NLG Leasing's director of aggregation services reveals all on debtor finance and how broker clients can use it as a tool to alleviate cash flow.
Debtor finance is an umbrella term used to describe a process to procure finance using a business’ accounts receivable ledger as collateral. It can be particularly beneficial to companies that experience longer trade terms or that experience corresponding cash-flow challenges (such as seasonal fluctuations in staff requirements or working capital expenditure). These may include companies in the fields of transport, wholesale, construction and labour hire.
Debtor finance funds invoices, improving a business’ cash flow and placing it in a better position to promptly pay operating expenses (which in turn helps facilitate growth). Common terms used to describe debtor financing solutions include invoice discounting, factoring, cash-flow finance, invoice finance and working capital finance.
We’ve seen a significant uptake in utilising debtor finance. Here are a few contributing factors to its popularity:
- It’s an alternative to an overdraft: Debtor finance is an alternative to an overdraft, with it being much quicker with fewer lending restrictions.
- It’s fast: Funds can often be acquired within 24 hours.
- It’s partially secured: Security requirements vary but traditionally focus on the value of the debtors’ ledger and may be supported by a pledge of specific assets as collateral, along with the personal guarantees of directors. Real estate security is not typically taken.
- It’s straightforward: Debtor finance transactions are straightforward. The client submits its accounts receivable ledger to the finance company. The finance company processes the ledger and remits the funds to the client's bank account. Lenders often finance a percentage of the ledger (usually 70 per cent to 90 per cent) and hold the rest as a reserve. The percentage of the ledger that is financed varies and is based on the industry and risk profile of the client. The reserve is remitted less fees to the client once the advances settle (when debtors pay their outstanding invoices).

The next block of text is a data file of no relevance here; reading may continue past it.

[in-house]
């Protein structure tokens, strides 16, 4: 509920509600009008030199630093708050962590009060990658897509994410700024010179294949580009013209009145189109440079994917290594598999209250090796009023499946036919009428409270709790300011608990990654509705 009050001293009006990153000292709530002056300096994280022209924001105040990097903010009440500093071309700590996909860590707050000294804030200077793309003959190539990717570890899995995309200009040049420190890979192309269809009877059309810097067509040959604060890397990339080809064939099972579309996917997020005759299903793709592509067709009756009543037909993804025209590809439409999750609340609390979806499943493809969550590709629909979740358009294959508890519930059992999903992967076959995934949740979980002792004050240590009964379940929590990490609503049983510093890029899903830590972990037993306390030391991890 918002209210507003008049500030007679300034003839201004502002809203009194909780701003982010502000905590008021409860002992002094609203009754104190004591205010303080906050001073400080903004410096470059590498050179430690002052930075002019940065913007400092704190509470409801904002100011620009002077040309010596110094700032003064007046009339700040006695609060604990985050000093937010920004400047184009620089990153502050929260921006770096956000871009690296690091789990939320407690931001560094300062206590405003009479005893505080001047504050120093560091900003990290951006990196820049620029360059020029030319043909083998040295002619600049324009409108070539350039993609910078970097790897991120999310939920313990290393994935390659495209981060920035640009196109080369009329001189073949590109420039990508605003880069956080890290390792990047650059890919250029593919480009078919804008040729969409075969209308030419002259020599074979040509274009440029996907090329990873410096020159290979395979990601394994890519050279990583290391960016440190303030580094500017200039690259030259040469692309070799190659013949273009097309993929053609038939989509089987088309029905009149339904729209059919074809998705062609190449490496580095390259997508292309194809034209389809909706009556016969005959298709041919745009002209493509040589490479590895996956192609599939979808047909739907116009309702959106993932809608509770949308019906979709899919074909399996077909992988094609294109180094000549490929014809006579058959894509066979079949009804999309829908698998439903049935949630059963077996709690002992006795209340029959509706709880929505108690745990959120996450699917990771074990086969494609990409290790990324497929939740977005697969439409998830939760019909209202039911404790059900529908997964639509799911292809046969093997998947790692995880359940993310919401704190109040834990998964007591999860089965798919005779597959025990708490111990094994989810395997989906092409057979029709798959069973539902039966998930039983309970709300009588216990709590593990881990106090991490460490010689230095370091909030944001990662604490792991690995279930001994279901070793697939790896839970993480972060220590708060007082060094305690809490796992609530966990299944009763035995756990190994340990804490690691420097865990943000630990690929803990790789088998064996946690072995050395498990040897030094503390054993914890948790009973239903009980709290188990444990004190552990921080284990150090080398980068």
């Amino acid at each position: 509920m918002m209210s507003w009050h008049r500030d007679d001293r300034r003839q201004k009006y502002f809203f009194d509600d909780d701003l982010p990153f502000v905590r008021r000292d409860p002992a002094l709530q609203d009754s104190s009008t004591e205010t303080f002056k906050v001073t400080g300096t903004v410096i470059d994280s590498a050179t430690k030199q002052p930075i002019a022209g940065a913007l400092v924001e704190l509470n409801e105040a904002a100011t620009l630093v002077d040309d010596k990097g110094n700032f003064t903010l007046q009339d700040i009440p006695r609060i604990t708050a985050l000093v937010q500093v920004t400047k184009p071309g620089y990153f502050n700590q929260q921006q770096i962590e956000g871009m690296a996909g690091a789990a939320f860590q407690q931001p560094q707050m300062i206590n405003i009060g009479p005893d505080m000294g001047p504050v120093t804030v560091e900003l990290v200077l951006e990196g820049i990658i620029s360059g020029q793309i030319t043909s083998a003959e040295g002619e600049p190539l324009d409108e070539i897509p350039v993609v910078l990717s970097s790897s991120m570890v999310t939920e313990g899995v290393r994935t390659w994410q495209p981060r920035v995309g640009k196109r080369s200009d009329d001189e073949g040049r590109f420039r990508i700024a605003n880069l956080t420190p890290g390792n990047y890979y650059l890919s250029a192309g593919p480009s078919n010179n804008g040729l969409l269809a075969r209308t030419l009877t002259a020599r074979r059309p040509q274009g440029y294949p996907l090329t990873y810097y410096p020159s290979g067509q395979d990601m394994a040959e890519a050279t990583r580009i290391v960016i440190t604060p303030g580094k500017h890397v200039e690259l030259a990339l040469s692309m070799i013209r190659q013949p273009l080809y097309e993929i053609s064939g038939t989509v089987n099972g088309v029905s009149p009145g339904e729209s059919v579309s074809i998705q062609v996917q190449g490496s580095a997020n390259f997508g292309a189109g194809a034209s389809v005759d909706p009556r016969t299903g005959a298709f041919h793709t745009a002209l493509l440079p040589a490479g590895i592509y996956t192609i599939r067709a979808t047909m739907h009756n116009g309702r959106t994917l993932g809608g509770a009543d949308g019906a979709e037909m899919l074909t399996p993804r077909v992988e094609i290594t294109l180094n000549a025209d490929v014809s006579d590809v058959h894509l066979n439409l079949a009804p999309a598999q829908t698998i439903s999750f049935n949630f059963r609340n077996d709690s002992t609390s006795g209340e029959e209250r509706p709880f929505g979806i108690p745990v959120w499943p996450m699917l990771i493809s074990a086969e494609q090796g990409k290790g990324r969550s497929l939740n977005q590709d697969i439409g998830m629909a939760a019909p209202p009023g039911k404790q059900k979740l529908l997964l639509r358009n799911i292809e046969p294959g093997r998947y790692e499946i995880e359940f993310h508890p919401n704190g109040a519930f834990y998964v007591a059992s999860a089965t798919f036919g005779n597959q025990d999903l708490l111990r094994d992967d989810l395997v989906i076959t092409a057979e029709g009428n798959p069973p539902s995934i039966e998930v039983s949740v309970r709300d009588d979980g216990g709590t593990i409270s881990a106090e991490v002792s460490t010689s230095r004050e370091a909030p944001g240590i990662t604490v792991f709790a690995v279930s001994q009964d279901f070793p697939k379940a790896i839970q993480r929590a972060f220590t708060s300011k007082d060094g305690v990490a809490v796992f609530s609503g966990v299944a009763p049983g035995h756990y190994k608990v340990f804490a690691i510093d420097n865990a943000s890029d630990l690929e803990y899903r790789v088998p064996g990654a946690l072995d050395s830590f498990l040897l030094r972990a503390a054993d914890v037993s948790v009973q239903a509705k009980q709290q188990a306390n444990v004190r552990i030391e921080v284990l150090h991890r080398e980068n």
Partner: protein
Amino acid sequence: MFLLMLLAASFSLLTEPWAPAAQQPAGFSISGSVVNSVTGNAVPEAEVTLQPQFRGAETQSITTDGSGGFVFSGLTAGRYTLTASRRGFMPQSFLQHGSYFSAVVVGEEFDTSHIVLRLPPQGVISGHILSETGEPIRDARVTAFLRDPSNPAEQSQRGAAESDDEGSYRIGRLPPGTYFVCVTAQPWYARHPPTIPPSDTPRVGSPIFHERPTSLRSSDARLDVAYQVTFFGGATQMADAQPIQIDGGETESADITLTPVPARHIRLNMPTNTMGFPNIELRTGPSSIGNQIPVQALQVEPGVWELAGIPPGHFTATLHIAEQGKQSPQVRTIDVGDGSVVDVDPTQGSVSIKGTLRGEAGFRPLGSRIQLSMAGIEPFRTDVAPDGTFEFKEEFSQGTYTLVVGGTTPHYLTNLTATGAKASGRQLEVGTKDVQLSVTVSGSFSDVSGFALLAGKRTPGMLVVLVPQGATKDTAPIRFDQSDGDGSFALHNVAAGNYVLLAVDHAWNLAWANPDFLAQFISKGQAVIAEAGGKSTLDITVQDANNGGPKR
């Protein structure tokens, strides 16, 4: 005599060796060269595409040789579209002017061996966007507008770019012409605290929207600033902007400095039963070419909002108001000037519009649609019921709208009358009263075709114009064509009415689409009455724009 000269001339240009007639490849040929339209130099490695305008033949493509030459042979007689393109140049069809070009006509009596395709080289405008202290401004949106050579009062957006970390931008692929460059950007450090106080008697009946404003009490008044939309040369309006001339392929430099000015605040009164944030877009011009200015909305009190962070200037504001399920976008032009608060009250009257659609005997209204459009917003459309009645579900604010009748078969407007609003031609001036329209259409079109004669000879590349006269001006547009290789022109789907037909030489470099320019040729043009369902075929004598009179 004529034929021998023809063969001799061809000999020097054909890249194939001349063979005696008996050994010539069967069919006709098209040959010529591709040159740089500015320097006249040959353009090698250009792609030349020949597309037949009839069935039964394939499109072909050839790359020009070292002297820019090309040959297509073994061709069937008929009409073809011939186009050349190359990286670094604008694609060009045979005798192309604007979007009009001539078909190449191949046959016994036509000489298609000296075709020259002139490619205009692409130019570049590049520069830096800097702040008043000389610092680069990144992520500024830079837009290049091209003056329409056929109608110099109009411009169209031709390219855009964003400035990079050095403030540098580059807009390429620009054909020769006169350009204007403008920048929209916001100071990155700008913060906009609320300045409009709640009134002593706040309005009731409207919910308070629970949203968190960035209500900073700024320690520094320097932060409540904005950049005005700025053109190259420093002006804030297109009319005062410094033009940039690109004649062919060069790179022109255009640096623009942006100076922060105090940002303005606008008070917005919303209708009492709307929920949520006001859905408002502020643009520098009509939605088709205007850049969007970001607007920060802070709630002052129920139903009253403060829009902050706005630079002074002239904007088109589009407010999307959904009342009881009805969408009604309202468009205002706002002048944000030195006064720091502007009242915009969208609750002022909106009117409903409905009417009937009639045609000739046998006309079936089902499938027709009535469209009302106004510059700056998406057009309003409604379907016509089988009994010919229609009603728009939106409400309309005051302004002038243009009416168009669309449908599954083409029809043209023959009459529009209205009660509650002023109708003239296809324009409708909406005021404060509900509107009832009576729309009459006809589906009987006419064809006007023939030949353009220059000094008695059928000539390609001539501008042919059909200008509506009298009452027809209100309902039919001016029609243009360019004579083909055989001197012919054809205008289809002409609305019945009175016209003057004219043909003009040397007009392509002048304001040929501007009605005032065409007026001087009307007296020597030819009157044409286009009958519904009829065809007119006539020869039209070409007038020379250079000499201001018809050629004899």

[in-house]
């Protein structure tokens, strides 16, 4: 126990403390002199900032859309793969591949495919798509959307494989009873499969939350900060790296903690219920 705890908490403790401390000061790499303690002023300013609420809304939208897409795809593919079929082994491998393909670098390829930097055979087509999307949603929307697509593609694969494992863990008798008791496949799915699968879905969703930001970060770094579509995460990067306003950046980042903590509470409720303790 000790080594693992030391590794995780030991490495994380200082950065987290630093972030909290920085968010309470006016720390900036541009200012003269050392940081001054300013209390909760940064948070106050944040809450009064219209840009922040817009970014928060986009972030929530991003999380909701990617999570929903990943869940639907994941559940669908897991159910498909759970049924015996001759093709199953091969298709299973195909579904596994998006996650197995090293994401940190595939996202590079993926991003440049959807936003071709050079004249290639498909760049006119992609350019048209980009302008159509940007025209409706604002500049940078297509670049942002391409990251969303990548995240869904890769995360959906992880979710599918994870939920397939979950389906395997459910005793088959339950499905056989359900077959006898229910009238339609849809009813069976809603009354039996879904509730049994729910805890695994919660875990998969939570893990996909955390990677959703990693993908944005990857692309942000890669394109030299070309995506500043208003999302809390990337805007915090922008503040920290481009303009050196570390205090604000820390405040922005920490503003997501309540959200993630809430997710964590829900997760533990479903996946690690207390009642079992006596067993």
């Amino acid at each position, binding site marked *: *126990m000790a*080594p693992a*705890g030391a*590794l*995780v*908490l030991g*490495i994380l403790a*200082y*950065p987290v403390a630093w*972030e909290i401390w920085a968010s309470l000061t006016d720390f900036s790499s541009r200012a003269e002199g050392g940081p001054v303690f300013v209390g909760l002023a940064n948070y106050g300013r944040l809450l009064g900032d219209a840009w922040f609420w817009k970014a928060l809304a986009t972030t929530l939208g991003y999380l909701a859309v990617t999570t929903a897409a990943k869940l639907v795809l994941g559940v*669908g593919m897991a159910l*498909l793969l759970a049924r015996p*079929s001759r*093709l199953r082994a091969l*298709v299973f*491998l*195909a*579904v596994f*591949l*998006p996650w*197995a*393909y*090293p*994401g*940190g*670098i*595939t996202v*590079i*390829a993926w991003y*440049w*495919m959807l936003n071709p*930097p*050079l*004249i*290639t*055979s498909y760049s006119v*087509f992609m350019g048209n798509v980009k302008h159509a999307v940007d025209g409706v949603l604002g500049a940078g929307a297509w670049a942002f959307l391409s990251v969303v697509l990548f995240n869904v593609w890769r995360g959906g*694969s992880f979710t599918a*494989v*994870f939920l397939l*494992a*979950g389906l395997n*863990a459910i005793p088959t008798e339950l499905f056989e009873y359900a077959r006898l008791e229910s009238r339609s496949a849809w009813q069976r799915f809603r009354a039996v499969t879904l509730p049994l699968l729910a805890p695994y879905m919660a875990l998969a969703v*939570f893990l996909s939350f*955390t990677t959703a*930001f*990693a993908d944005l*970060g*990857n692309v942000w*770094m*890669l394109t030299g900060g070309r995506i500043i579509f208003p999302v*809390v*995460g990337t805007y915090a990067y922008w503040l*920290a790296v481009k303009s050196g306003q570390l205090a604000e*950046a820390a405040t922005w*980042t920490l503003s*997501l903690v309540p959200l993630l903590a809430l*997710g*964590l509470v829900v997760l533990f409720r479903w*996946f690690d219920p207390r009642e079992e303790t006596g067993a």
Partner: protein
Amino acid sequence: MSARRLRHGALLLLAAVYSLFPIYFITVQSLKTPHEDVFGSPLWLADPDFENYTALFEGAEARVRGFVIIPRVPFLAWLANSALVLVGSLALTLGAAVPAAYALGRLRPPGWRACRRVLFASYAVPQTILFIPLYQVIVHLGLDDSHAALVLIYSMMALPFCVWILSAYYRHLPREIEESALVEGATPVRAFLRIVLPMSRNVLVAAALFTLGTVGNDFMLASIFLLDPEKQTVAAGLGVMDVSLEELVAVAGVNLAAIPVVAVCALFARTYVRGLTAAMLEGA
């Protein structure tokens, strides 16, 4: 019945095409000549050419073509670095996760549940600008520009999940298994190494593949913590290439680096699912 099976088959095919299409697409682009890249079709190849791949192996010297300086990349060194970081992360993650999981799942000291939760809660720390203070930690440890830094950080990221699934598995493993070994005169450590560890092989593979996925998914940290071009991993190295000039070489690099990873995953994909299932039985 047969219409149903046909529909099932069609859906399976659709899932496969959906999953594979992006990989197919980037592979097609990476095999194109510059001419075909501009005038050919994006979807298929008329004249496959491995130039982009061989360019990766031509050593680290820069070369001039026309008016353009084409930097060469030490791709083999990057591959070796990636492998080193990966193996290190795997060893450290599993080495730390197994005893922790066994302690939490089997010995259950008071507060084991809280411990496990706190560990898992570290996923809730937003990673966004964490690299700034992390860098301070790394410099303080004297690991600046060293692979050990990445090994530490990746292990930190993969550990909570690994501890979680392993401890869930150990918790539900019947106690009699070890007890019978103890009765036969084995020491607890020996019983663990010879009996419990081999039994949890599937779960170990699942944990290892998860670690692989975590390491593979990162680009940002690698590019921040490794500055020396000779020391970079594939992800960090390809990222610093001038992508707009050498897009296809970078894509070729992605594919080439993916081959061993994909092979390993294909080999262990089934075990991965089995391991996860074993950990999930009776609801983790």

- It can be confidential: Debtor financing is typically undisclosed/confidential, whereby the customer or end-user is unaware of the funding being provided. Alternatively, debtor financing may be disclosed, which allows the finance company to fund most businesses including those with tax arrears or going through a financial restructure.
- It’s flexible: Debtor finance can be applied to a whole or part of a ledger. We find that businesses often favour financing a portion of a ledger, or even just on one invoice. For instance, we recently had a construction company approach us to obtain debtor finance on one invoice of $60,000 to release funds to purchase more equipment and materials for a new build.
- It can be utilised by businesses of all sizes: Debtor finance can be used to release cash flow to benefit start-ups through to large corporates with facilities of above $100 million.
- It’s competitive: Debtor finance is a highly competitive field, with multiple lenders offering competitive rates and terms — which ultimately benefits the end client.
We encourage brokers to consider debtor finance to extend their service offering, and in the process ring-fence clients, deepen relationships and get a competitive advantage in a highly aggressive market.
Frank Crombie is director of aggregation services at NLG Leasing which is an established provider of asset finance, and is only available to the financial services industry (with no direct consumer channels).
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